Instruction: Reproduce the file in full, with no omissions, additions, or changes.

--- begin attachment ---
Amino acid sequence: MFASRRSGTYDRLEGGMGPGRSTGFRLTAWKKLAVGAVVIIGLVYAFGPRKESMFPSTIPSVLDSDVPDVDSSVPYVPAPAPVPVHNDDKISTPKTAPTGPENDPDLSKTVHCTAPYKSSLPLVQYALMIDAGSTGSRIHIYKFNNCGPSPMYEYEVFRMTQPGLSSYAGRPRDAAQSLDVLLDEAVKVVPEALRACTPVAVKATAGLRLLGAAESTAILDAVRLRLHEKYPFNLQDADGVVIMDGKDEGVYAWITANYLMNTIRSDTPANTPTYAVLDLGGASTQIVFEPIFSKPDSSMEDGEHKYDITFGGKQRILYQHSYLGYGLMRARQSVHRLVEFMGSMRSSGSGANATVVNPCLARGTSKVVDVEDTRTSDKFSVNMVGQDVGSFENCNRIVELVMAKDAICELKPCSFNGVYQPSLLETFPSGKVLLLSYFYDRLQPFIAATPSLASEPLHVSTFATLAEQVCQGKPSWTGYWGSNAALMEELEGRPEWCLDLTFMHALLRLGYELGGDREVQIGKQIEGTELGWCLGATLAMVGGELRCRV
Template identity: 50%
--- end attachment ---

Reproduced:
Amino acid sequence: MFASRRSGTYDRLEGGMGPGRSTGFRLTAWKKLAVGAVVIIGLVYAFGPRKESMFPSTIPSVLDSDVPDVDSSVPYVPAPAPVPVHNDDKISTPKTAPTGPENDPDLSKTVHCTAPYKSSLPLVQYALMIDAGSTGSRIHIYKFNNCGPSPMYEYEVFRMTQPGLSSYAGRPRDAAQSLDVLLDEAVKVVPEALRACTPVAVKATAGLRLLGAAESTAILDAVRLRLHEKYPFNLQDADGVVIMDGKDEGVYAWITANYLMNTIRSDTPANTPTYAVLDLGGASTQIVFEPIFSKPDSSMEDGEHKYDITFGGKQRILYQHSYLGYGLMRARQSVHRLVEFMGSMRSSGSGANATVVNPCLARGTSKVVDVEDTRTSDKFSVNMVGQDVGSFENCNRIVELVMAKDAICELKPCSFNGVYQPSLLETFPSGKVLLLSYFYDRLQPFIAATPSLASEPLHVSTFATLAEQVCQGKPSWTGYWGSNAALMEELEGRPEWCLDLTFMHALLRLGYELGGDREVQIGKQIEGTELGWCLGATLAMVGGELRCRV
Template identity: 50%